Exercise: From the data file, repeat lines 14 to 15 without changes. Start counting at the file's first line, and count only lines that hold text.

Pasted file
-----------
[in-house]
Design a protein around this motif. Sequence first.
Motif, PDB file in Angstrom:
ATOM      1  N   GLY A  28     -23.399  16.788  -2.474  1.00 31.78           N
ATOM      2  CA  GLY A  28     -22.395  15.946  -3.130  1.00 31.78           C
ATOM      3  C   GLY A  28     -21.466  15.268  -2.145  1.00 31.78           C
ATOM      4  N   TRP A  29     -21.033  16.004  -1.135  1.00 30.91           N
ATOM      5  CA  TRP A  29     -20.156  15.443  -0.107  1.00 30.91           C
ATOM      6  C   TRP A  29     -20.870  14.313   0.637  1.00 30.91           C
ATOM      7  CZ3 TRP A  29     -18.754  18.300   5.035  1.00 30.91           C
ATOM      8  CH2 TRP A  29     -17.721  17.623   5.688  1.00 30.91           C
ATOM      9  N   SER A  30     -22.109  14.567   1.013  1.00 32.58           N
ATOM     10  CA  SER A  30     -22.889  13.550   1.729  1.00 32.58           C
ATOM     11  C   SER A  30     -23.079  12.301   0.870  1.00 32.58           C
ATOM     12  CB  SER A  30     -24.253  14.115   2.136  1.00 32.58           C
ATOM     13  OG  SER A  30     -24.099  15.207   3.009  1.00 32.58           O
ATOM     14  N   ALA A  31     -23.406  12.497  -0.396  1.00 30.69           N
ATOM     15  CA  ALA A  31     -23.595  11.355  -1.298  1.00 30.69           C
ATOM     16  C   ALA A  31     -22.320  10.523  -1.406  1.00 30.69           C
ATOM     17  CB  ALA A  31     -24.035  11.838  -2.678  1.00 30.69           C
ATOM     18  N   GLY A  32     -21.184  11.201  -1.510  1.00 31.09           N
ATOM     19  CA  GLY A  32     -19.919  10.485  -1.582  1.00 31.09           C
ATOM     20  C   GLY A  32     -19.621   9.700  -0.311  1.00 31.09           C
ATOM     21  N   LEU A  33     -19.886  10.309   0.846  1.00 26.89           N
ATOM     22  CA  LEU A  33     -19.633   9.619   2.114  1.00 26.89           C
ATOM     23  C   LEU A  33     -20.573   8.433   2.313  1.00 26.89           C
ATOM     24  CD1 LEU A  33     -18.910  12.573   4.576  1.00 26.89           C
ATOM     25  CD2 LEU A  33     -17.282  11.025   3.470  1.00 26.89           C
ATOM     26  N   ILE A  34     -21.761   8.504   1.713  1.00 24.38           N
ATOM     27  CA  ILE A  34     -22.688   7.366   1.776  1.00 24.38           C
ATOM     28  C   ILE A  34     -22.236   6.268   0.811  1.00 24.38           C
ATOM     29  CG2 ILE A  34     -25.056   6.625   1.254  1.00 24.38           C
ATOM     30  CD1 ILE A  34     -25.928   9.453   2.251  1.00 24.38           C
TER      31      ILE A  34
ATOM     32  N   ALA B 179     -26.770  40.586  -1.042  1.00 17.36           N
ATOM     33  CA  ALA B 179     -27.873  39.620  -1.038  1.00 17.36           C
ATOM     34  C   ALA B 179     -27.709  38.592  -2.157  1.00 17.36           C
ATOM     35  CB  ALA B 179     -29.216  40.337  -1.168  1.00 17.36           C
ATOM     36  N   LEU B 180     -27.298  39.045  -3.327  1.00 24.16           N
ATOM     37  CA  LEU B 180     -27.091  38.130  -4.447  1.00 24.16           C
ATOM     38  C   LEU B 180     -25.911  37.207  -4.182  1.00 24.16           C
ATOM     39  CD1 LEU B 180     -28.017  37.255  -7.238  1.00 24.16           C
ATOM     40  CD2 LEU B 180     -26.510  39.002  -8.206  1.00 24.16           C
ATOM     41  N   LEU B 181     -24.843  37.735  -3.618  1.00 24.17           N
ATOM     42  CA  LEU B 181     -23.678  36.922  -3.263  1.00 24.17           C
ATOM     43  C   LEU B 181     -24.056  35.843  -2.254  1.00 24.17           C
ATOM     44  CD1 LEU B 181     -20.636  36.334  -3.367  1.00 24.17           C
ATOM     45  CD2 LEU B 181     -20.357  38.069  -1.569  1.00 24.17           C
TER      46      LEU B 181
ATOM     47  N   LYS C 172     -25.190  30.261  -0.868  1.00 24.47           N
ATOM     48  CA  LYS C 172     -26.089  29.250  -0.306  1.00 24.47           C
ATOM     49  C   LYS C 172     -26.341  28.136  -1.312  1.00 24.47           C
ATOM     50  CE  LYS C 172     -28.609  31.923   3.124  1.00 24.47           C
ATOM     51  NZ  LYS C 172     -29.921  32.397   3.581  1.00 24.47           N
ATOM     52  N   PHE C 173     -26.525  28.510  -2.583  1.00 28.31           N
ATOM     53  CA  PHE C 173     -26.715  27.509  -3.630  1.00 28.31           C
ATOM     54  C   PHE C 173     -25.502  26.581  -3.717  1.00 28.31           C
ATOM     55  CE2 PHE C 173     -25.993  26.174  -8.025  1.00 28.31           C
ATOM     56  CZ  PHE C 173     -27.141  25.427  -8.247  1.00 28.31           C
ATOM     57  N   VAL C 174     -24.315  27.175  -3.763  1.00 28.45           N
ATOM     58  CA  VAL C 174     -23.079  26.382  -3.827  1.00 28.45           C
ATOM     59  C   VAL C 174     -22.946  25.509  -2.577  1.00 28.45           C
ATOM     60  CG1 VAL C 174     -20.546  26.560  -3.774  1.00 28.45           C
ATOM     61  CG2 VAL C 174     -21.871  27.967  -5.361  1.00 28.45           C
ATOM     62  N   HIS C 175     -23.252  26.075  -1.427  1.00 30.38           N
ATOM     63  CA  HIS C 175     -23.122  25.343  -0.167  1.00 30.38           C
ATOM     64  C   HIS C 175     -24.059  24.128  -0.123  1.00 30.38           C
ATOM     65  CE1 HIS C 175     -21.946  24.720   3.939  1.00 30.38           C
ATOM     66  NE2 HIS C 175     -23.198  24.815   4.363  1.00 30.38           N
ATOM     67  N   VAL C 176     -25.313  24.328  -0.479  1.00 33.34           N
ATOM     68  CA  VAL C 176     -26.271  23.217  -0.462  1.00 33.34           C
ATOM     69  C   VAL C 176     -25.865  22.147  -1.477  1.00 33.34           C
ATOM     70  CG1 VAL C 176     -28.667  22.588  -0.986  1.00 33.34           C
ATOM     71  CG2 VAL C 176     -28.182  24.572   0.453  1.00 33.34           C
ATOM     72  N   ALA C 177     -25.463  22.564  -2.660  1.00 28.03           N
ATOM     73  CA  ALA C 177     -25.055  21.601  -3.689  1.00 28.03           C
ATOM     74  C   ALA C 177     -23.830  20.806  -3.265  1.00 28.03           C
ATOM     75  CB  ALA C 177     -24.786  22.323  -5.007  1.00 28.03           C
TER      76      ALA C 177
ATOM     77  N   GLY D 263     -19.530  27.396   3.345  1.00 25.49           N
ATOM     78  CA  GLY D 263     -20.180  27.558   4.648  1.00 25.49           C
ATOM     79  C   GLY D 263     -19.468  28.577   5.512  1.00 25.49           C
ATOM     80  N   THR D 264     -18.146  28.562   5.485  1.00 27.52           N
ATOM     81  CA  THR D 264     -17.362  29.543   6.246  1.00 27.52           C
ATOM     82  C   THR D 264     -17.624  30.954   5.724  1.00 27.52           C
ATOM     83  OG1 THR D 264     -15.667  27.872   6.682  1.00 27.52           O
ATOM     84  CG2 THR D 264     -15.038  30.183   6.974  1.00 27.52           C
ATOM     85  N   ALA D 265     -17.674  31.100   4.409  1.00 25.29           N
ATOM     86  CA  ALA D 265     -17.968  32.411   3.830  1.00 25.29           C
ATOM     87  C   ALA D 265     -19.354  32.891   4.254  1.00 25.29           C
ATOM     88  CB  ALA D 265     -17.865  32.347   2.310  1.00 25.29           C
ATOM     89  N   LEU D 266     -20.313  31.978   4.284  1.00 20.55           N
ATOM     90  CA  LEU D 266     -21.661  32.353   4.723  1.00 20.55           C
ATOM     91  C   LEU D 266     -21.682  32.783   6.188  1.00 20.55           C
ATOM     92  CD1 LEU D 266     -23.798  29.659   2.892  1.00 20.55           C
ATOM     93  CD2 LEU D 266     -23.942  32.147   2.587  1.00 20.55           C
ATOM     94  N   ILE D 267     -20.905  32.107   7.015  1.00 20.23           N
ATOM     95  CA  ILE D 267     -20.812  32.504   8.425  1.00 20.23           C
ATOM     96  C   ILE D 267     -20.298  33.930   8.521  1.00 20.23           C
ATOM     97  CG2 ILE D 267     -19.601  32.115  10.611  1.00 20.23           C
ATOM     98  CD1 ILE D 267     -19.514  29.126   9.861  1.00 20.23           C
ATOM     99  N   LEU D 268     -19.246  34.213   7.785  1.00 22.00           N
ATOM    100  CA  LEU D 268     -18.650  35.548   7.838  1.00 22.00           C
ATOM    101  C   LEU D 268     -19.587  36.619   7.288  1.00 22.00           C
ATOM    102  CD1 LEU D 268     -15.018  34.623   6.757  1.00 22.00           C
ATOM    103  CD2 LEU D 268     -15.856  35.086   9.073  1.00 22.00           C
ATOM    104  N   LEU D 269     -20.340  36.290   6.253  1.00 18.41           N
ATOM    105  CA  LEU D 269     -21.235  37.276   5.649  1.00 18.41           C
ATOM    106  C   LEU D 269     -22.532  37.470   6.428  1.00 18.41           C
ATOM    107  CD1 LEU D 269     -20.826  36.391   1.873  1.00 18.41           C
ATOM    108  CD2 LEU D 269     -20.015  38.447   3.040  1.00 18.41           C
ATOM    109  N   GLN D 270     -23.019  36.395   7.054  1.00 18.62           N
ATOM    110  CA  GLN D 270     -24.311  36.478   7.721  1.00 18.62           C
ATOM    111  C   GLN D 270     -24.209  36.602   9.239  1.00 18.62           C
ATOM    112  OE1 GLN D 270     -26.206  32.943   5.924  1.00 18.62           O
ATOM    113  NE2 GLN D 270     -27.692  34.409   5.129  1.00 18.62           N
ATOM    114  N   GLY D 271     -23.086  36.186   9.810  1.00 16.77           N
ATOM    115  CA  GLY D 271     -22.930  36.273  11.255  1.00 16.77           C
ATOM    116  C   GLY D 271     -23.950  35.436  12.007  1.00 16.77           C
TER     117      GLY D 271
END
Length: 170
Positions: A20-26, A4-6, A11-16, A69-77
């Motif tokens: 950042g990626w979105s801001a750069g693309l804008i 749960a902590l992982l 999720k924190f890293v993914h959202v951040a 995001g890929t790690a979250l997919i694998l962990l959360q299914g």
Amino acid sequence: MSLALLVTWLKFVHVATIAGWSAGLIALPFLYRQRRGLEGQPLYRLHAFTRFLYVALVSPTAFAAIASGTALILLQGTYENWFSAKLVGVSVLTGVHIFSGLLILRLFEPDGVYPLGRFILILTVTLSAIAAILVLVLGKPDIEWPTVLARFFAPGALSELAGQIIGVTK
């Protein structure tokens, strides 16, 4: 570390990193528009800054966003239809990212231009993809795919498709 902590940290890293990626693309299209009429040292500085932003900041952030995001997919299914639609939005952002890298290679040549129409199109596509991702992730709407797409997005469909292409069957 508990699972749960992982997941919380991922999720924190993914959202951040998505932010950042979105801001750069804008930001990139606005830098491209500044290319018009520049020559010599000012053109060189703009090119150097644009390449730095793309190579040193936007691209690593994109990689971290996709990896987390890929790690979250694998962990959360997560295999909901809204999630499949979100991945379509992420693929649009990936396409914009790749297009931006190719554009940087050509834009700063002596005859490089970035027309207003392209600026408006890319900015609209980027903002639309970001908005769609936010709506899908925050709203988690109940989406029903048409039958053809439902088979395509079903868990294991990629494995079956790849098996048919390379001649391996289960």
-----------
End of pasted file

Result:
ATOM     11  C   SER A  30     -23.079  12.301   0.870  1.00 32.58           C
ATOM     12  CB  SER A  30     -24.253  14.115   2.136  1.00 32.58           C